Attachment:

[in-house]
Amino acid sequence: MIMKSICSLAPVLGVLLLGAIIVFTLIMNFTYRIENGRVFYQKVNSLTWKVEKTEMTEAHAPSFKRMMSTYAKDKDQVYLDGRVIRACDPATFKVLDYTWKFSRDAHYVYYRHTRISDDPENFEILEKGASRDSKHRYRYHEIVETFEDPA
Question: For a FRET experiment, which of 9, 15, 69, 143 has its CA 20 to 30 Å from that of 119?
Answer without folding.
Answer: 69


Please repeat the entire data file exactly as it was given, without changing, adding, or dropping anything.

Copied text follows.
[in-house]
Amino acid sequence: MIMKSICSLAPVLGVLLLGAIIVFTLIMNFTYRIENGRVFYQKVNSLTWKVEKTEMTEAHAPSFKRMMSTYAKDKDQVYLDGRVIRACDPATFKVLDYTWKFSRDAHYVYYRHTRISDDPENFEILEKGASRDSKHRYRYHEIVETFEDPA
Question: For a FRET experiment, which of 9, 15, 69, 143 has its CA 20 to 30 Å from that of 119?
Answer without folding.
Answer: 69